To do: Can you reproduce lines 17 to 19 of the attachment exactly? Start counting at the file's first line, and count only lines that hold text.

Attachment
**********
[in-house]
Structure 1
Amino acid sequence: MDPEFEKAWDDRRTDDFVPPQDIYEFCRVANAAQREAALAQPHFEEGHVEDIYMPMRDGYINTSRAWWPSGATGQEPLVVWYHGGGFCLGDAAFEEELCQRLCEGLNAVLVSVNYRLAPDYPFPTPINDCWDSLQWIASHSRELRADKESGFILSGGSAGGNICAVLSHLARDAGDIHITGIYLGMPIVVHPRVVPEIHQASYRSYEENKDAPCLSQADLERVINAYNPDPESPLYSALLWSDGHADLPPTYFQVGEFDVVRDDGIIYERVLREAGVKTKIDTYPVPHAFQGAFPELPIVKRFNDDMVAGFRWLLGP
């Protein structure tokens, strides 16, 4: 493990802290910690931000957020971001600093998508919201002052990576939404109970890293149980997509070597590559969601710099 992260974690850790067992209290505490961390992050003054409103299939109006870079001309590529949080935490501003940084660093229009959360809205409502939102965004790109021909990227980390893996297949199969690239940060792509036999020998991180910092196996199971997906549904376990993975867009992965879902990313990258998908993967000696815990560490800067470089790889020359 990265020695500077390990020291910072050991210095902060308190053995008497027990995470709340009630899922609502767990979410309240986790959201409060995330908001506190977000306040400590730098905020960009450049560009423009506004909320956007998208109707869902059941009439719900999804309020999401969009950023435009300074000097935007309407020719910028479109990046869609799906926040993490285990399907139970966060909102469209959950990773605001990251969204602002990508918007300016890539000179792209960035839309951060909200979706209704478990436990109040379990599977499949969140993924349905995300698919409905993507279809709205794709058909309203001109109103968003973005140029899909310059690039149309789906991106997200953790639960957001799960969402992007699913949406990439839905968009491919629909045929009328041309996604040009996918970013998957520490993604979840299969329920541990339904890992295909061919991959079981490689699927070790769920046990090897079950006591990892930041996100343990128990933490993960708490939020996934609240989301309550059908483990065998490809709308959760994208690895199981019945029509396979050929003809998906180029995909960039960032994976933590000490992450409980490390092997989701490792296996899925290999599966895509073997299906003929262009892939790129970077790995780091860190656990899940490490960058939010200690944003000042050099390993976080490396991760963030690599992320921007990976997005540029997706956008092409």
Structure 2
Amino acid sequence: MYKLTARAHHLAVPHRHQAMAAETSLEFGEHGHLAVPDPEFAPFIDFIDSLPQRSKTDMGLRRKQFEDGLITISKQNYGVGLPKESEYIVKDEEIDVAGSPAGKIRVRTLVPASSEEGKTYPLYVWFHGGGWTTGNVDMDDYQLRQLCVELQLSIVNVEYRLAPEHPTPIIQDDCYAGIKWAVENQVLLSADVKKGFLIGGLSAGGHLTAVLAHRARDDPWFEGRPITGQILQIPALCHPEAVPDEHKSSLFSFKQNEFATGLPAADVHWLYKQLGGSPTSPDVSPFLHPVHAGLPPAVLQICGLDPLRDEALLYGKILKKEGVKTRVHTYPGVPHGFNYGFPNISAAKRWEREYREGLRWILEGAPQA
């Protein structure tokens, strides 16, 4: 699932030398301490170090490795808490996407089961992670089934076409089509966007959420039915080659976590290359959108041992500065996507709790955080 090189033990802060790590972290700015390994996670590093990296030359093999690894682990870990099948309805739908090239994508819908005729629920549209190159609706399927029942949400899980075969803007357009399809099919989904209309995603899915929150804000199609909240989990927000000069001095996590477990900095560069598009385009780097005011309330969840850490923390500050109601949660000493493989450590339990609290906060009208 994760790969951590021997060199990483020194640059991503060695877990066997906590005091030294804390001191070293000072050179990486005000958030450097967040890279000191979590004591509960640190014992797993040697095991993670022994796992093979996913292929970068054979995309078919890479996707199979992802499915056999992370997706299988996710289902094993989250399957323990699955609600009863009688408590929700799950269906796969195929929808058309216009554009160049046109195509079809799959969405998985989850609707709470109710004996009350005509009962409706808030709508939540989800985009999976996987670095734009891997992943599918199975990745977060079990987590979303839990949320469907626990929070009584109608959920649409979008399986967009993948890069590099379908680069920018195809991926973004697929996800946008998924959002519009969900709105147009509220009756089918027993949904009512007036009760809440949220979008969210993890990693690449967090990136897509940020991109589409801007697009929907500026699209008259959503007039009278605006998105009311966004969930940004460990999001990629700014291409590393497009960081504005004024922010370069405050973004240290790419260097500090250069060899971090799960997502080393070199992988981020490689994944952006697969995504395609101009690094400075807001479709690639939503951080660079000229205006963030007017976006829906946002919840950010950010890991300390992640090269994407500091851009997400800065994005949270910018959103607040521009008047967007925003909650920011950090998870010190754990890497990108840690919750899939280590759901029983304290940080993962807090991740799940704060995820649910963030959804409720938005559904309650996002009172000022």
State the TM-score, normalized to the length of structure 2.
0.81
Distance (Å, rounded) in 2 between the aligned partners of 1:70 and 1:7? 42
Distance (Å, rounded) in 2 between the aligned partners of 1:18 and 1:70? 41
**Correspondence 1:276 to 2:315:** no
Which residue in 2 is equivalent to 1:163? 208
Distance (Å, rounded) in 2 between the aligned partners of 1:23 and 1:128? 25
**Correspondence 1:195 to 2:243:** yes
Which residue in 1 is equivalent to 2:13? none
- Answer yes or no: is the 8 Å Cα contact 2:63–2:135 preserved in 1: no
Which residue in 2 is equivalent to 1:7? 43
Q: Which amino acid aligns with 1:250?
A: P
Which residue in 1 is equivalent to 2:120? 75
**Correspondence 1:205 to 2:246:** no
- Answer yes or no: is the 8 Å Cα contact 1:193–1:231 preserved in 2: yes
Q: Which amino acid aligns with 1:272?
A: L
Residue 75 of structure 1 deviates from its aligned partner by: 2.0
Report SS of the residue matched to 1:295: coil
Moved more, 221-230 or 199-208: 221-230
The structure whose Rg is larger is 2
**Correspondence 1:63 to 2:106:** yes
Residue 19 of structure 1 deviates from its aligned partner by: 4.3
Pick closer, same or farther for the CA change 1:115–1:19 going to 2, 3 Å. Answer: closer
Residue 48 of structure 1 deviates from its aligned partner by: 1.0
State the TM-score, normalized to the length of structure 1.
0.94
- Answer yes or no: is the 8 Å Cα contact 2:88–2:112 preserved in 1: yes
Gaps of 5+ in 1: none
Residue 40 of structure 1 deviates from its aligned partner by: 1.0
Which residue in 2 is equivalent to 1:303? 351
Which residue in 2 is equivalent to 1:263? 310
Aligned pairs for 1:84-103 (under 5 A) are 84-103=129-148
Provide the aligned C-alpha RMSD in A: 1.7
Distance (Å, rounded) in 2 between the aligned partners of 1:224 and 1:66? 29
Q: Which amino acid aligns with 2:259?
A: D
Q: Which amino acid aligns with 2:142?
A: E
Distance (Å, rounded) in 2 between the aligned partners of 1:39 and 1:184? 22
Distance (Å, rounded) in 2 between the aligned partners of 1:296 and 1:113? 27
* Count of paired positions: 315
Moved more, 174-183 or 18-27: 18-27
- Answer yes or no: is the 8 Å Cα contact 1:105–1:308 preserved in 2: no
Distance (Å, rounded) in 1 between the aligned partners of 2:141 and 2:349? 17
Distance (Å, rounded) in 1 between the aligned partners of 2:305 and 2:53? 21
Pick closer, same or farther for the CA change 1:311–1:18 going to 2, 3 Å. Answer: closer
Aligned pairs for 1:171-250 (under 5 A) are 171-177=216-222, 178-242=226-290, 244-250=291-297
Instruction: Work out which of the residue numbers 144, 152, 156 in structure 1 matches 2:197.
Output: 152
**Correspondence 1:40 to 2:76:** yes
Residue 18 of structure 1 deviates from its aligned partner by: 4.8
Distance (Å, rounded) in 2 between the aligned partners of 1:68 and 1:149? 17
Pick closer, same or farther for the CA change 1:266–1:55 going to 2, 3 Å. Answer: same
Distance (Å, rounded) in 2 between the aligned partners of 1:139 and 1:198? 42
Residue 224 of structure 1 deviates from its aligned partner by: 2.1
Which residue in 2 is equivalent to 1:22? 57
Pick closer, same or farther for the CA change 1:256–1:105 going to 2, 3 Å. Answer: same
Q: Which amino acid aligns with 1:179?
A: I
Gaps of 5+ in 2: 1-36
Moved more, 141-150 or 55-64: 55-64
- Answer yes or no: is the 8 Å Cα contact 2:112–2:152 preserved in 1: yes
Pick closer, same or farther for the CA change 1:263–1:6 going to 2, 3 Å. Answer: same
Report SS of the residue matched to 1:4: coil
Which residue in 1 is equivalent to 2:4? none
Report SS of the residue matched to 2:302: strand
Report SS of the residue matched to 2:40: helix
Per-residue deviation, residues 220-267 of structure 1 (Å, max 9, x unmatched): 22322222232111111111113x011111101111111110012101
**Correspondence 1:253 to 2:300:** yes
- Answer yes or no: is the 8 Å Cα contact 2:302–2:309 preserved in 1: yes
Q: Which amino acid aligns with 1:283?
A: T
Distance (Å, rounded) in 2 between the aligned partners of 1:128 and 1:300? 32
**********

- Answer yes or no: is the 8 Å Cα contact 2:63–2:135 preserved in 1: no
Which residue in 2 is equivalent to 1:7? 43
Q: Which amino acid aligns with 1:250?